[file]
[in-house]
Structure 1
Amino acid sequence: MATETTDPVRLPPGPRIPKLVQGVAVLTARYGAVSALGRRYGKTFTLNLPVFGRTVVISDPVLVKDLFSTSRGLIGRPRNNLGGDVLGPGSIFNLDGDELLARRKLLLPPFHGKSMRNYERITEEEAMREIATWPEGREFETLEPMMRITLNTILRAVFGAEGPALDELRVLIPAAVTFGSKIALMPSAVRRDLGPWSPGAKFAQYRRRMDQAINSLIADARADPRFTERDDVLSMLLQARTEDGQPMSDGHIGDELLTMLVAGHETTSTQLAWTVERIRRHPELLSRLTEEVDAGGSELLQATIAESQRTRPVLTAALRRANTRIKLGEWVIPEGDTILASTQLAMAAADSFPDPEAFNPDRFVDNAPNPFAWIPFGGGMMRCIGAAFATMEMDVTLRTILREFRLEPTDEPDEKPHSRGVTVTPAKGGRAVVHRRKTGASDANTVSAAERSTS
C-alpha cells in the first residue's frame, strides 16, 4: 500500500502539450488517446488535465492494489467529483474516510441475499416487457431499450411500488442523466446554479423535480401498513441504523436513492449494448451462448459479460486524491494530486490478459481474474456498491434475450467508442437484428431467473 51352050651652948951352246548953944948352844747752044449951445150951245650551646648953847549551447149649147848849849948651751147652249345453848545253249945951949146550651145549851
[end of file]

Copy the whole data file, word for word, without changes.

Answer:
[in-house]
Structure 1
Amino acid sequence: MATETTDPVRLPPGPRIPKLVQGVAVLTARYGAVSALGRRYGKTFTLNLPVFGRTVVISDPVLVKDLFSTSRGLIGRPRNNLGGDVLGPGSIFNLDGDELLARRKLLLPPFHGKSMRNYERITEEEAMREIATWPEGREFETLEPMMRITLNTILRAVFGAEGPALDELRVLIPAAVTFGSKIALMPSAVRRDLGPWSPGAKFAQYRRRMDQAINSLIADARADPRFTERDDVLSMLLQARTEDGQPMSDGHIGDELLTMLVAGHETTSTQLAWTVERIRRHPELLSRLTEEVDAGGSELLQATIAESQRTRPVLTAALRRANTRIKLGEWVIPEGDTILASTQLAMAAADSFPDPEAFNPDRFVDNAPNPFAWIPFGGGMMRCIGAAFATMEMDVTLRTILREFRLEPTDEPDEKPHSRGVTVTPAKGGRAVVHRRKTGASDANTVSAAERSTS
C-alpha cells in the first residue's frame, strides 16, 4: 500500500502539450488517446488535465492494489467529483474516510441475499416487457431499450411500488442523466446554479423535480401498513441504523436513492449494448451462448459479460486524491494530486490478459481474474456498491434475450467508442437484428431467473 51352050651652948951352246548953944948352844747752044449951445150951245650551646648953847549551447149649147848849849948651751147652249345453848545253249945951949146550651145549851